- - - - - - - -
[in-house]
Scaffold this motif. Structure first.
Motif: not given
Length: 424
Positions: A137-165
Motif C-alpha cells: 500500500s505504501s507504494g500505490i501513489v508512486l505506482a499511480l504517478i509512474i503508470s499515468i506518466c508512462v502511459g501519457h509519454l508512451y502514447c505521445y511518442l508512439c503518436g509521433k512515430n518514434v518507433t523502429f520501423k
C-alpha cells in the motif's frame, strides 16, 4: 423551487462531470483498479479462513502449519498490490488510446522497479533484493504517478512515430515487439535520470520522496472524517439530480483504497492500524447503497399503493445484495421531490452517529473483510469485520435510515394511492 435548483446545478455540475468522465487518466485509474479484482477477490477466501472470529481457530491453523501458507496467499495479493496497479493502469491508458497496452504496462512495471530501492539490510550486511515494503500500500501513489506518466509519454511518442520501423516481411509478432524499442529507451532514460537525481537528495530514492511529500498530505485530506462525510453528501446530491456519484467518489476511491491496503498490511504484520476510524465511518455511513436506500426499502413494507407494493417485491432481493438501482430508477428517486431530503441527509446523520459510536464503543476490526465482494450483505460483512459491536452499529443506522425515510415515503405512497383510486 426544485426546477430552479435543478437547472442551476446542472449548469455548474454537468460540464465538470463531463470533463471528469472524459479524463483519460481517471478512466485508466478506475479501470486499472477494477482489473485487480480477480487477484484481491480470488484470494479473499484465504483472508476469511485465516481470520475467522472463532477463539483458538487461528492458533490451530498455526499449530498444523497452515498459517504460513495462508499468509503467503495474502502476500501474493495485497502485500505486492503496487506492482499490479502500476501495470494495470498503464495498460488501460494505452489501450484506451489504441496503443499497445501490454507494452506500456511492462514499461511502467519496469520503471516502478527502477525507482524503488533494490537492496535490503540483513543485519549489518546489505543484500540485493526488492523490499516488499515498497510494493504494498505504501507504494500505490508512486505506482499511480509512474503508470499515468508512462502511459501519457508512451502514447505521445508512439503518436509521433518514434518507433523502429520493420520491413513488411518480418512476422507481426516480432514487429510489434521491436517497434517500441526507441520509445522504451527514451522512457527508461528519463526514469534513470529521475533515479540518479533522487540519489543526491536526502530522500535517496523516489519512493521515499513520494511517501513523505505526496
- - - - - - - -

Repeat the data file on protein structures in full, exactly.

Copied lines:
[in-house]
Scaffold this motif. Structure first.
Motif: not given
Length: 424
Positions: A137-165
Motif C-alpha cells: 500500500s505504501s507504494g500505490i501513489v508512486l505506482a499511480l504517478i509512474i503508470s499515468i506518466c508512462v502511459g501519457h509519454l508512451y502514447c505521445y511518442l508512439c503518436g509521433k512515430n518514434v518507433t523502429f520501423k
C-alpha cells in the motif's frame, strides 16, 4: 423551487462531470483498479479462513502449519498490490488510446522497479533484493504517478512515430515487439535520470520522496472524517439530480483504497492500524447503497399503493445484495421531490452517529473483510469485520435510515394511492 435548483446545478455540475468522465487518466485509474479484482477477490477466501472470529481457530491453523501458507496467499495479493496497479493502469491508458497496452504496462512495471530501492539490510550486511515494503500500500501513489506518466509519454511518442520501423516481411509478432524499442529507451532514460537525481537528495530514492511529500498530505485530506462525510453528501446530491456519484467518489476511491491496503498490511504484520476510524465511518455511513436506500426499502413494507407494493417485491432481493438501482430508477428517486431530503441527509446523520459510536464503543476490526465482494450483505460483512459491536452499529443506522425515510415515503405512497383510486 426544485426546477430552479435543478437547472442551476446542472449548469455548474454537468460540464465538470463531463470533463471528469472524459479524463483519460481517471478512466485508466478506475479501470486499472477494477482489473485487480480477480487477484484481491480470488484470494479473499484465504483472508476469511485465516481470520475467522472463532477463539483458538487461528492458533490451530498455526499449530498444523497452515498459517504460513495462508499468509503467503495474502502476500501474493495485497502485500505486492503496487506492482499490479502500476501495470494495470498503464495498460488501460494505452489501450484506451489504441496503443499497445501490454507494452506500456511492462514499461511502467519496469520503471516502478527502477525507482524503488533494490537492496535490503540483513543485519549489518546489505543484500540485493526488492523490499516488499515498497510494493504494498505504501507504494500505490508512486505506482499511480509512474503508470499515468508512462502511459501519457508512451502514447505521445508512439503518436509521433518514434518507433523502429520493420520491413513488411518480418512476422507481426516480432514487429510489434521491436517497434517500441526507441520509445522504451527514451522512457527508461528519463526514469534513470529521475533515479540518479533522487540519489543526491536526502530522500535517496523516489519512493521515499513520494511517501513523505505526496